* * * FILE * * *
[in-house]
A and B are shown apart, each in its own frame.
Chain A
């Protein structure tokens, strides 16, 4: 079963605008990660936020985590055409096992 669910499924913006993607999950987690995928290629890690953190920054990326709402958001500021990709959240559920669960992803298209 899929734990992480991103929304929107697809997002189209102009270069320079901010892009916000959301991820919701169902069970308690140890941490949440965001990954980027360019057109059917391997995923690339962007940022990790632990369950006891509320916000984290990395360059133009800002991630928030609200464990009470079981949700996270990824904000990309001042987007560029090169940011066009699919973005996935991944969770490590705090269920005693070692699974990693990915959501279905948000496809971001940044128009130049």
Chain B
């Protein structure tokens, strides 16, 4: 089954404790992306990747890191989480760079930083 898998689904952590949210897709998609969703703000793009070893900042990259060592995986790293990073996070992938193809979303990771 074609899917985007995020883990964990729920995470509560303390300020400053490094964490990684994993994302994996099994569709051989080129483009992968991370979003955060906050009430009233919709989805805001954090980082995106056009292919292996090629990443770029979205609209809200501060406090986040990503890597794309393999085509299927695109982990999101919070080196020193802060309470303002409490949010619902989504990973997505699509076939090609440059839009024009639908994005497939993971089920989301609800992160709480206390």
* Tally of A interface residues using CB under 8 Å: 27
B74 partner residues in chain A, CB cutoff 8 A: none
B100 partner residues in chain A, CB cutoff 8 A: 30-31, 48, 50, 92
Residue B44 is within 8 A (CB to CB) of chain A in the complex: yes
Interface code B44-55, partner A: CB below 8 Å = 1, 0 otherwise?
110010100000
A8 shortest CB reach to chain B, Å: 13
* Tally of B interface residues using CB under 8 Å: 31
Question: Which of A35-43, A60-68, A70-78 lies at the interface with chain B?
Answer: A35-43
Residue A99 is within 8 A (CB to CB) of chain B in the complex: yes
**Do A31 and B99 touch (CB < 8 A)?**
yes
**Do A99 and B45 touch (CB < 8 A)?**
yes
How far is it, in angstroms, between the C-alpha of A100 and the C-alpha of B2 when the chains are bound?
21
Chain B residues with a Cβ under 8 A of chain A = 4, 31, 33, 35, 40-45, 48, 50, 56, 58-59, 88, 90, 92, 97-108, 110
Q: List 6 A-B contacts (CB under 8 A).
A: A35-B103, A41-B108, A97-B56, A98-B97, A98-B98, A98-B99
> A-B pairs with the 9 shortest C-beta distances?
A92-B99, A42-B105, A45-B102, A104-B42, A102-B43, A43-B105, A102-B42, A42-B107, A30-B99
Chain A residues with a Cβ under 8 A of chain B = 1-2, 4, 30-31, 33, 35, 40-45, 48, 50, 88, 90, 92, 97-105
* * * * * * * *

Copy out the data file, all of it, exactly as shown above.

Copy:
[in-house]
A and B are shown apart, each in its own frame.
Chain A
């Protein structure tokens, strides 16, 4: 079963605008990660936020985590055409096992 669910499924913006993607999950987690995928290629890690953190920054990326709402958001500021990709959240559920669960992803298209 899929734990992480991103929304929107697809997002189209102009270069320079901010892009916000959301991820919701169902069970308690140890941490949440965001990954980027360019057109059917391997995923690339962007940022990790632990369950006891509320916000984290990395360059133009800002991630928030609200464990009470079981949700996270990824904000990309001042987007560029090169940011066009699919973005996935991944969770490590705090269920005693070692699974990693990915959501279905948000496809971001940044128009130049």
Chain B
């Protein structure tokens, strides 16, 4: 089954404790992306990747890191989480760079930083 898998689904952590949210897709998609969703703000793009070893900042990259060592995986790293990073996070992938193809979303990771 074609899917985007995020883990964990729920995470509560303390300020400053490094964490990684994993994302994996099994569709051989080129483009992968991370979003955060906050009430009233919709989805805001954090980082995106056009292919292996090629990443770029979205609209809200501060406090986040990503890597794309393999085509299927695109982990999101919070080196020193802060309470303002409490949010619902989504990973997505699509076939090609440059839009024009639908994005497939993971089920989301609800992160709480206390």
* Tally of A interface residues using CB under 8 Å: 27
B74 partner residues in chain A, CB cutoff 8 A: none
B100 partner residues in chain A, CB cutoff 8 A: 30-31, 48, 50, 92
Residue B44 is within 8 A (CB to CB) of chain A in the complex: yes
Interface code B44-55, partner A: CB below 8 Å = 1, 0 otherwise?
110010100000
A8 shortest CB reach to chain B, Å: 13
* Tally of B interface residues using CB under 8 Å: 31
Question: Which of A35-43, A60-68, A70-78 lies at the interface with chain B?
Answer: A35-43
Residue A99 is within 8 A (CB to CB) of chain B in the complex: yes
**Do A31 and B99 touch (CB < 8 A)?**
yes
**Do A99 and B45 touch (CB < 8 A)?**
yes
How far is it, in angstroms, between the C-alpha of A100 and the C-alpha of B2 when the chains are bound?
21
Chain B residues with a Cβ under 8 A of chain A = 4, 31, 33, 35, 40-45, 48, 50, 56, 58-59, 88, 90, 92, 97-108, 110
Q: List 6 A-B contacts (CB under 8 A).
A: A35-B103, A41-B108, A97-B56, A98-B97, A98-B98, A98-B99
> A-B pairs with the 9 shortest C-beta distances?
A92-B99, A42-B105, A45-B102, A104-B42, A102-B43, A43-B105, A102-B42, A42-B107, A30-B99
Chain A residues with a Cβ under 8 A of chain B = 1-2, 4, 30-31, 33, 35, 40-45, 48, 50, 88, 90, 92, 97-105